Where would you like to Bring Fido?

Have you been looking for something different to do with your pupper?

I remember when BringFido was just starting out, not a lot of local information, but now!

You can find hotels, restaurants, activities, events, services and even Dog Photographers!

They have information about traveling with your animals, check out their TOP 10 Tips for Flying with Fido.

Most businesses are rated, and people can leave a comment. It’s a nice way to see what the locals have to say especially if you plan to travel. You can search by your home town or the town you will be visiting.

I use Bring Fido to see what dog activities are going on in the New Hampshire area.

If you haven’t checked out Bring Fido lately, go a head and give it a go!

 

Leave your Bring Fido experiences in the comments below!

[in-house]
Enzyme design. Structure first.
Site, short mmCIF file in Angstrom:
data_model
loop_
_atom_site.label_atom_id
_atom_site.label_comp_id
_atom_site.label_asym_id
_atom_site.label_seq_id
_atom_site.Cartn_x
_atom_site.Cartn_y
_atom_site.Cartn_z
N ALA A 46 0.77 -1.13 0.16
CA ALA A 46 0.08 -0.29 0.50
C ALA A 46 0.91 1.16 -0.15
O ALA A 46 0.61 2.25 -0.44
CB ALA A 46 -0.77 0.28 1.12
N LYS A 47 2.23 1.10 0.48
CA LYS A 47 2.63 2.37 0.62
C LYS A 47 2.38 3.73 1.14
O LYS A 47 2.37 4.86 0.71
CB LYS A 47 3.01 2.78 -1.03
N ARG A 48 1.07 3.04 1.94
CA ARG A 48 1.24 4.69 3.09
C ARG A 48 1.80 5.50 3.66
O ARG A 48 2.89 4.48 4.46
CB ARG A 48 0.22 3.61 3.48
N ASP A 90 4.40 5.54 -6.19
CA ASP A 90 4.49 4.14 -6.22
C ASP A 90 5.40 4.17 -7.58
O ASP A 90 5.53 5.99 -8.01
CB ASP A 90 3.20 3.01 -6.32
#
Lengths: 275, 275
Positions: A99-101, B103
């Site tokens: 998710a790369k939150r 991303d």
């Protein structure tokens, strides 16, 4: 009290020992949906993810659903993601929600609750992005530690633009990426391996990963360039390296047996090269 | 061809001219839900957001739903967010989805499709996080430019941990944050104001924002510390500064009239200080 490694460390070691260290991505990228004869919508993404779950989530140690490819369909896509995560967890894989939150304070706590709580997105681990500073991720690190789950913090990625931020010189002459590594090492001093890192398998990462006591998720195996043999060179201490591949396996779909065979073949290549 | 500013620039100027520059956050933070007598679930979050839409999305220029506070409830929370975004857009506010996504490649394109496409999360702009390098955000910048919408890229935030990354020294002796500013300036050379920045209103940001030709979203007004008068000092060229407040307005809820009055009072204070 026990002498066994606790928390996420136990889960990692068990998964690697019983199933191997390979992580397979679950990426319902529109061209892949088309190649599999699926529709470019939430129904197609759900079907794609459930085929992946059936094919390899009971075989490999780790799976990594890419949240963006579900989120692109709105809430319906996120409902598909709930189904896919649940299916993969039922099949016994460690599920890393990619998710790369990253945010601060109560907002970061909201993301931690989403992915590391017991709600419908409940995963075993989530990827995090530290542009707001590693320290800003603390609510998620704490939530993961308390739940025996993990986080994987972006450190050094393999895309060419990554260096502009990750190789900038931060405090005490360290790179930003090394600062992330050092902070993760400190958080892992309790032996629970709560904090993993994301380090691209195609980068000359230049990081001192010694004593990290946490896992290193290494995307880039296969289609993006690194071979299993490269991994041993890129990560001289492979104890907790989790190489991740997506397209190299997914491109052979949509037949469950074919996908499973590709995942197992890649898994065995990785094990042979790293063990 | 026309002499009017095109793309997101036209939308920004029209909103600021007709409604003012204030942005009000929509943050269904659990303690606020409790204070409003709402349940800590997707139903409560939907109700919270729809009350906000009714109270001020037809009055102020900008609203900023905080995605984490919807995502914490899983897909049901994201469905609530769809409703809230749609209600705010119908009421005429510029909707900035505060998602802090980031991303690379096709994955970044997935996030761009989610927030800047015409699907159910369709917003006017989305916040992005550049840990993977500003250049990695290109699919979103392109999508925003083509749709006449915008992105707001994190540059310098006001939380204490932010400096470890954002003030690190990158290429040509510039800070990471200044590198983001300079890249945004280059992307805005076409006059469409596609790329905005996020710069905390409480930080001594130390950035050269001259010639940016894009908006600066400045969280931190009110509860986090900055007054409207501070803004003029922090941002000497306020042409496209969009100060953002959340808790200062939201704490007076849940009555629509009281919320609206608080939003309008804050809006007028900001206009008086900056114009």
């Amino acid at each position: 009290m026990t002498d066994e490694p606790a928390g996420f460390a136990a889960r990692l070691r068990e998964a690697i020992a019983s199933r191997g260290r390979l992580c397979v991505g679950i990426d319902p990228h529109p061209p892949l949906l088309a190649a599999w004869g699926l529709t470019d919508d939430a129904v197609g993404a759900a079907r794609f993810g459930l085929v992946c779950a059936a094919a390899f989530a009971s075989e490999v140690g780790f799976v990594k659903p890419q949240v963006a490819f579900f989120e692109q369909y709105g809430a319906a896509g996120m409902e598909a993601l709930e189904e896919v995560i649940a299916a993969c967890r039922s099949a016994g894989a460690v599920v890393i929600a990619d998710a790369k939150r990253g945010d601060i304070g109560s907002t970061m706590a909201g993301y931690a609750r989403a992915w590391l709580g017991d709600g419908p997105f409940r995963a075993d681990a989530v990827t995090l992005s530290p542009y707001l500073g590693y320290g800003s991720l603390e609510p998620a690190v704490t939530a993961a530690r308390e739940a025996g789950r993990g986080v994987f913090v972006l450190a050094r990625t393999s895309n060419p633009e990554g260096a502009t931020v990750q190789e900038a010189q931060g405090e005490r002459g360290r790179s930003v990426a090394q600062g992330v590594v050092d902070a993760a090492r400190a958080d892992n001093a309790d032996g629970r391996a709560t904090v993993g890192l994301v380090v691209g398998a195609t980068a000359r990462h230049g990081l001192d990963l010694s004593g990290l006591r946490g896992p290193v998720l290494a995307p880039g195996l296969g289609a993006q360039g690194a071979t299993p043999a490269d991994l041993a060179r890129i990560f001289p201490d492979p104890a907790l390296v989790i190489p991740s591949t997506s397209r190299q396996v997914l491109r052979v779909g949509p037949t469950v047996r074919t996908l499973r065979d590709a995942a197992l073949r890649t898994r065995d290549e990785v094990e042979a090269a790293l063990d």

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Dogs in Art

On my recent trip to the MFA in Boston, MA I again noticed the central aspect of dogs. Such as on ladies laps, a sign of love and affection, hunting dogs, loyal dogs by their masters and dog as the focal point such as the master piece by Gerrit Dou “Dog at Rest” 1650.

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The dog has appeared in paintings as far back as 4500 BC when canines appeared on cave walls. As the dog’s relationship with the human evolved, so did the way he is represented in art. In the 18th century, dog portraits became popular amongst the wealthy British.

Spanish painter, Diego Velasquez (1599-1660) painted the dog in the company of children. In this image “Maids of Honor”, we see a large dog in the foreground tolerating an ornery child.

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In 1866 artist Edouard Manet created “A King Charles Spaniel”